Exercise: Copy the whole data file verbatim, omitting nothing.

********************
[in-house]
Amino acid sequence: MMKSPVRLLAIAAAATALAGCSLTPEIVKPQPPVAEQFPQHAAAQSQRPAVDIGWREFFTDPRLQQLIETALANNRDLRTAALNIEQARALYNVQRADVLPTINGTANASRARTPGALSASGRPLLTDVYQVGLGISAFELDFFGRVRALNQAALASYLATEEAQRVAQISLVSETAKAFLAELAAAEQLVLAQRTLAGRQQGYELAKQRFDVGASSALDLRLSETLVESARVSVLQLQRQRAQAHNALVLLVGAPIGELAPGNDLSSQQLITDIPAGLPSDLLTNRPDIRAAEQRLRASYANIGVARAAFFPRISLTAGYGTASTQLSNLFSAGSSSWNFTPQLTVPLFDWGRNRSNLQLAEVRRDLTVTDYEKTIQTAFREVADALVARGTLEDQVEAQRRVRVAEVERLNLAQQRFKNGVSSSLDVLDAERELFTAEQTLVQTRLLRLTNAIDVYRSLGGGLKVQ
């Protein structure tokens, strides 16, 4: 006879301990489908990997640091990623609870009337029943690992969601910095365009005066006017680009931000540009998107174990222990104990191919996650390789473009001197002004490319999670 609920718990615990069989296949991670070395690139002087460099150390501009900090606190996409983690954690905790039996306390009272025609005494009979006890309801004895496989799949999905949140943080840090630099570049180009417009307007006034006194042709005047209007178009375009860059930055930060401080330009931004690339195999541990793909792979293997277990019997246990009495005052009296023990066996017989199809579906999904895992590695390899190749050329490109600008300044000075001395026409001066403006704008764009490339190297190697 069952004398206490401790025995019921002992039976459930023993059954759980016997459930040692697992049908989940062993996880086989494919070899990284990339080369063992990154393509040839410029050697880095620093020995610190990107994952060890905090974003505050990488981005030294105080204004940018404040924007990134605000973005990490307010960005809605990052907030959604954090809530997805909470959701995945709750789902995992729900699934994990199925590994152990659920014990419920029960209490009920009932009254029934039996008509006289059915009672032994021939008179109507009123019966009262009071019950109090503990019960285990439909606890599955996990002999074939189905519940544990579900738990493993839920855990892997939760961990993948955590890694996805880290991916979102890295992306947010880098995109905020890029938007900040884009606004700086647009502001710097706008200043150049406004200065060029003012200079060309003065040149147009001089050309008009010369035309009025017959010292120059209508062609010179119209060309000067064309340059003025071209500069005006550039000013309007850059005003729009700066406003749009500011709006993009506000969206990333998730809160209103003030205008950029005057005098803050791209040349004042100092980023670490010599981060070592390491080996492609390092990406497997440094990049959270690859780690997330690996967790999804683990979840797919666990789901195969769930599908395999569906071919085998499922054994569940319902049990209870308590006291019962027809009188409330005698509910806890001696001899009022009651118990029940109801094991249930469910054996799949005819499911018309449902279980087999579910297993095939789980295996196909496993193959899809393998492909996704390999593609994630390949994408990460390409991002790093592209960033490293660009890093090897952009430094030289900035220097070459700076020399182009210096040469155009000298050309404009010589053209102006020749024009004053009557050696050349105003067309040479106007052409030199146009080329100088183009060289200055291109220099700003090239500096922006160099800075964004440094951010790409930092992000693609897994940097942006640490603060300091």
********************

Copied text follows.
[in-house]
Amino acid sequence: MMKSPVRLLAIAAAATALAGCSLTPEIVKPQPPVAEQFPQHAAAQSQRPAVDIGWREFFTDPRLQQLIETALANNRDLRTAALNIEQARALYNVQRADVLPTINGTANASRARTPGALSASGRPLLTDVYQVGLGISAFELDFFGRVRALNQAALASYLATEEAQRVAQISLVSETAKAFLAELAAAEQLVLAQRTLAGRQQGYELAKQRFDVGASSALDLRLSETLVESARVSVLQLQRQRAQAHNALVLLVGAPIGELAPGNDLSSQQLITDIPAGLPSDLLTNRPDIRAAEQRLRASYANIGVARAAFFPRISLTAGYGTASTQLSNLFSAGSSSWNFTPQLTVPLFDWGRNRSNLQLAEVRRDLTVTDYEKTIQTAFREVADALVARGTLEDQVEAQRRVRVAEVERLNLAQQRFKNGVSSSLDVLDAERELFTAEQTLVQTRLLRLTNAIDVYRSLGGGLKVQ
């Protein structure tokens, strides 16, 4: 006879301990489908990997640091990623609870009337029943690992969601910095365009005066006017680009931000540009998107174990222990104990191919996650390789473009001197002004490319999670 609920718990615990069989296949991670070395690139002087460099150390501009900090606190996409983690954690905790039996306390009272025609005494009979006890309801004895496989799949999905949140943080840090630099570049180009417009307007006034006194042709005047209007178009375009860059930055930060401080330009931004690339195999541990793909792979293997277990019997246990009495005052009296023990066996017989199809579906999904895992590695390899190749050329490109600008300044000075001395026409001066403006704008764009490339190297190697 069952004398206490401790025995019921002992039976459930023993059954759980016997459930040692697992049908989940062993996880086989494919070899990284990339080369063992990154393509040839410029050697880095620093020995610190990107994952060890905090974003505050990488981005030294105080204004940018404040924007990134605000973005990490307010960005809605990052907030959604954090809530997805909470959701995945709750789902995992729900699934994990199925590994152990659920014990419920029960209490009920009932009254029934039996008509006289059915009672032994021939008179109507009123019966009262009071019950109090503990019960285990439909606890599955996990002999074939189905519940544990579900738990493993839920855990892997939760961990993948955590890694996805880290991916979102890295992306947010880098995109905020890029938007900040884009606004700086647009502001710097706008200043150049406004200065060029003012200079060309003065040149147009001089050309008009010369035309009025017959010292120059209508062609010179119209060309000067064309340059003025071209500069005006550039000013309007850059005003729009700066406003749009500011709006993009506000969206990333998730809160209103003030205008950029005057005098803050791209040349004042100092980023670490010599981060070592390491080996492609390092990406497997440094990049959270690859780690997330690996967790999804683990979840797919666990789901195969769930599908395999569906071919085998499922054994569940319902049990209870308590006291019962027809009188409330005698509910806890001696001899009022009651118990029940109801094991249930469910054996799949005819499911018309449902279980087999579910297993095939789980295996196909496993193959899809393998492909996704390999593609994630390949994408990460390409991002790093592209960033490293660009890093090897952009430094030289900035220097070459700076020399182009210096040469155009000298050309404009010589053209102006020749024009004053009557050696050349105003067309040479106007052409030199146009080329100088183009060289200055291109220099700003090239500096922006160099800075964004440094951010790409930092992000693609897994940097942006640490603060300091």